The stalemate over America’s “debt ceiling” means there is a risk that the US Treasury will run out of money this month, which brings the chilling possibility of default. To be clear: we don’t think this will happen.
Our best guess is that a deal will be done and the storm will pass. And even if there is no deal, we think deep spending cuts are more likely than default. But this would still cause a US recession, with adverse implications for people and businesses in the UK.
What is the debt ceiling and why does it matter? In the UK, the Government can borrow as much money as investors are willing to lend it. Not so in America, where Congress imposes a limit on how much can be borrowed, called the “debt ceiling” (currently $16.699 trillion). It has been raised 94 times since 1944, most recently in 2012.
The 93rd increase, in 2011, went right down to the wire. This cost the US its AAA status but not much else. The US Treasury reckons it will reach its limit on 17 October. If politicians do not agree to raise the debt ceiling, they will quickly face some difficult decisions.
What happens if politicians don’t raise the debt ceiling? In theory, the US could engage in “creative” solutions to get around the political impasse. For example, the Treasury could mint a $1 trillion platinum coin and use the proceeds to fund government spending.
Or President Obama could ignore the debt ceiling by invoking an obscure section of the 14th Amendment intended to deal with Civil War debt. But these and other creative solutions are not under serious consideration. Instead, the US would instantly have to start living within its means, spending no more than it raises in taxes.
That might not sound like a bad thing, until we consider what it means in practice.
America spends about $1.18 for every $1 of revenue. To bridge that gap, it borrows. If that was no longer possible, there would be two broad options. First, America could refuse to pay its debts. Since US Treasuries are the bedrock of the global financial system, default would send markets into a tailspin which could eclipse the events of 2008.
With the costs of default so great the incentives to avoid it are extremely powerful. This leaves the second option: deep cuts to public spending on pensions, contracts with businesses and the public sector payroll. The fall in demand alone would cause a recession.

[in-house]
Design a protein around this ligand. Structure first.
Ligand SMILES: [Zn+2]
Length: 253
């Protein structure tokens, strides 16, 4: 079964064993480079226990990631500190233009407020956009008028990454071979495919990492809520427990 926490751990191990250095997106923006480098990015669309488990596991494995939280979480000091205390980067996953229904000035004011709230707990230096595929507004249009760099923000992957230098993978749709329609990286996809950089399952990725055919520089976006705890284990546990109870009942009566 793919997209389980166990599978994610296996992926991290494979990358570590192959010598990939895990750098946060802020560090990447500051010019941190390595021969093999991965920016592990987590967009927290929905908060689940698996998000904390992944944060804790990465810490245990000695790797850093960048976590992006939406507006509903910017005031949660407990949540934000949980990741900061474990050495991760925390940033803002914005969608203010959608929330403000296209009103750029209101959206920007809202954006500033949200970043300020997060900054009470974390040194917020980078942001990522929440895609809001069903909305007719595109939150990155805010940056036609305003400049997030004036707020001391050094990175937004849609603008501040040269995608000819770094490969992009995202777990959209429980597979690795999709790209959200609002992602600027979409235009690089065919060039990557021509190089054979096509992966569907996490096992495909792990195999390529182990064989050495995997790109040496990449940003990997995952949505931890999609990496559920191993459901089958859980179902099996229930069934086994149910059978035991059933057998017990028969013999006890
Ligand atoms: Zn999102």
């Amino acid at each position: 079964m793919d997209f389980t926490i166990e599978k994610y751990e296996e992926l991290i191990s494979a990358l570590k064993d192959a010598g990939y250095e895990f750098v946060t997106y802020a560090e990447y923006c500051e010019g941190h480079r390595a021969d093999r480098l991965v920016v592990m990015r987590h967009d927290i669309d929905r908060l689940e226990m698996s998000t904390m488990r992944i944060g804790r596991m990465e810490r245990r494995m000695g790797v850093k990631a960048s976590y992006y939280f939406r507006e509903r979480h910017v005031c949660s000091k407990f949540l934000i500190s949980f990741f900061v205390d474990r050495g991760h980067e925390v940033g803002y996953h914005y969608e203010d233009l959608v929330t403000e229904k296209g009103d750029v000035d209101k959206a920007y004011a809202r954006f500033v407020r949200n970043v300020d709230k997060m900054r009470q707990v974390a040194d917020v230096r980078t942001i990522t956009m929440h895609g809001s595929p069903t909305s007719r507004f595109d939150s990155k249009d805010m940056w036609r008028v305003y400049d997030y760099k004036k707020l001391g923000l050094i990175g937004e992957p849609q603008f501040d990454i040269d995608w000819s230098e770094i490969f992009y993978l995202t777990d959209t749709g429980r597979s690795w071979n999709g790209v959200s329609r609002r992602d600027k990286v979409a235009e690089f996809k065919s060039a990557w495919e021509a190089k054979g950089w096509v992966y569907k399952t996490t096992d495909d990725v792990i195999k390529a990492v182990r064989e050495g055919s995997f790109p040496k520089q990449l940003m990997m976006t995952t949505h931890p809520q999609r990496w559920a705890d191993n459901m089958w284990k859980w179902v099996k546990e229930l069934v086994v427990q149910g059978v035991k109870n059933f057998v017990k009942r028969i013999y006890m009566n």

But that would almost be the least of our worries. Letting matters get to the point at which deep cuts happen would confirm that the US political system is so dysfunctional that it cannot make one of the most basic decisions of a government: how to manage its finances. Markets would be unimpressed and there could be a sharp rise in borrowing costs and a big fall in the dollar. So, it’s no surprise that China, which holds more than $1 trillion in US Treasuries, recently urged America to resolve the stalemate.
Presumably the Fed would respond with more quantitative easing (QE) and forward guidance, but outgoing Chairman Bernanke has already intimated that it would struggle to contain the fallout. Of course, it’s conceivable that markets would move the other way.
If the US was seen to have resolved its fiscal conflicts, however dysfunctionally, it is possible that it would still be perceived as a safe haven, and the dollar would strengthen as investors flocked to US assets.
This ambiguity is what’s so scary about this scenario; the spillovers are unquantifiable and highly unpredictable.
What does this mean for people and businesses in the UK?
Trade: America is the UK’s single biggest export market. Companies with exposure to government contracts would suffer a direct hit, particularly from the Department of Defence, where aircraft manufacturing and engineering services are the biggest vulnerabilities. But the ensuing recession would indirectly affect firms across the economy, whether they export to the US or not.
Petroleum, medical & pharmaceutical products, power generating machinery & equipment and road vehicles are the UK’s biggest exports to the US. If the pound strengthened against the dollar, exporters would struggle even more. There would be some benefit for importers, as dollar-priced goods and services fell (e.g. oil).
Interest rates: If US bond yields spike, history says it’s a good bet that UK rates would follow suit. In effect, borrowing costs for British households and businesses would rise without the Bank of England lifting a finger.
We should expect more QE from the Bank but, as in the US, it would be difficult to ward off the full effects of a US-inspired downturn. Also, note that the UK interest rates might rise by less than US Treasuries, and even fall, if sterling remained a safe haven.
Contagion: Perhaps the biggest risk to the UK is that trouble in America reignites the EZ crisis. Not only would that hobble demand in our other core export market it would raise concerns again about the future of the euro and the single currency’s banking system. More generally, equity prices would surely fall as markets went into “risk off” mode.
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